(PhysicsWorld) Researchers at Aarhus University in Denmark have tested optically pumped magnetometers (quantum sensors that detect magnetic fields that are over one billion times smaller than the earth’s magnetic field) to replace the painful but standard clinical method for measuring the function of the human retina. The standard procedure typically uses either a contact lens electrode or a fibre electrode to record retinal activity, both of which require physical contact with the eye, and therefore cause discomfort for the patient.
Recent advances in quantum technology have enabled the design and commercial production of lightweight and flexible OPM sensors, such as those being incorporated into magnetoencephalography scanners.
While retinal response is typically detected via electrodes, which measure the electrical activity from the eye surface, the OPM sensors instead record the corresponding magnetic field induced by this electrical activity. The resulting magnetoretinograms circumvent the need for direct contact with the patient’s eye.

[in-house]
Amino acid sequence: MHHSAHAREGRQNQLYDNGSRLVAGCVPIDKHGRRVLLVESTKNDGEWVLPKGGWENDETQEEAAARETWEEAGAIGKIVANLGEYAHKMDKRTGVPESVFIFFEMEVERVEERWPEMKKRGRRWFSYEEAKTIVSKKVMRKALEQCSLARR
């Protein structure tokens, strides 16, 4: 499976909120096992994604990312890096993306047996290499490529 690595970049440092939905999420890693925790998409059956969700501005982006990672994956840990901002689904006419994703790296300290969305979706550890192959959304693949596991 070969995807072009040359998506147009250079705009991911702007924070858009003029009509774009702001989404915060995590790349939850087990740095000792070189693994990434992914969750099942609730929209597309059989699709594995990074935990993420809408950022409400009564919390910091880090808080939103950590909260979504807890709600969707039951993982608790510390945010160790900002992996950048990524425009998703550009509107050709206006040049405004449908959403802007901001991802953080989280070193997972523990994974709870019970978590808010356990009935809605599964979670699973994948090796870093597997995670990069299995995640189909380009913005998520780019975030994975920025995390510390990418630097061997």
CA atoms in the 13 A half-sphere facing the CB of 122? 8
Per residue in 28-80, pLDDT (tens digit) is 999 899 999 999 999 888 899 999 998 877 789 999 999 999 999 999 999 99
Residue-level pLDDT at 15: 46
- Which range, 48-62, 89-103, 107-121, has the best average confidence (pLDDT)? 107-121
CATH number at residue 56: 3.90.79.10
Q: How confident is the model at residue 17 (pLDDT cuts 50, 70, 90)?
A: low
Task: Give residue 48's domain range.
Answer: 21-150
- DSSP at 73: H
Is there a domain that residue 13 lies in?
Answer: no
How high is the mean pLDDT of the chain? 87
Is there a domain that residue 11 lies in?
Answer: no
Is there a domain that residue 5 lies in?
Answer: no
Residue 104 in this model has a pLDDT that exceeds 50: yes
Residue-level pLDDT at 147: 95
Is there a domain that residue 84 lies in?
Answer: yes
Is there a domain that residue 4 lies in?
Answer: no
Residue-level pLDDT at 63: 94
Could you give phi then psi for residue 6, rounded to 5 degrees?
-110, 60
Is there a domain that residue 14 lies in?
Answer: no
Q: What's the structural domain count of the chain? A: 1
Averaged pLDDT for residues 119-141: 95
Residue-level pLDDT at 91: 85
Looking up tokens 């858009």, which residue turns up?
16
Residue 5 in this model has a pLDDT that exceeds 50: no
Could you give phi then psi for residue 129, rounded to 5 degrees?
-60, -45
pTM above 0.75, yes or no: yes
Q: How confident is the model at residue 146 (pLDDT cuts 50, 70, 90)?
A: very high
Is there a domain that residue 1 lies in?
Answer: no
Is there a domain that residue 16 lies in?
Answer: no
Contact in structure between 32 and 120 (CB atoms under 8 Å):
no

At Aarhus University, the researchers placed multiple OPMs close to a participant’s eye while performing routine retinal measurements, using a fibre electrode and a flashing light stimulation.
Interestingly, artefacts due to eye blinks were reduced without the fibre electrode, as the OPMs offered a more comfortable scanning environment. However, the OPMs still suffered from a lower signal-to-noise ratio than the fibre electrode, likely due to a noisy magnetic environment.
As the magnetic fields originating from the retina are much smaller than the residual environmental magnetic field, the researchers operated the OPMs in a magnetically shielded room, to screen out some of this magnetic noise. They note that additional cost-effective active magnetic shielding could reduce this interference, resulting in a comparable signal-to-noise ratio to the ERG.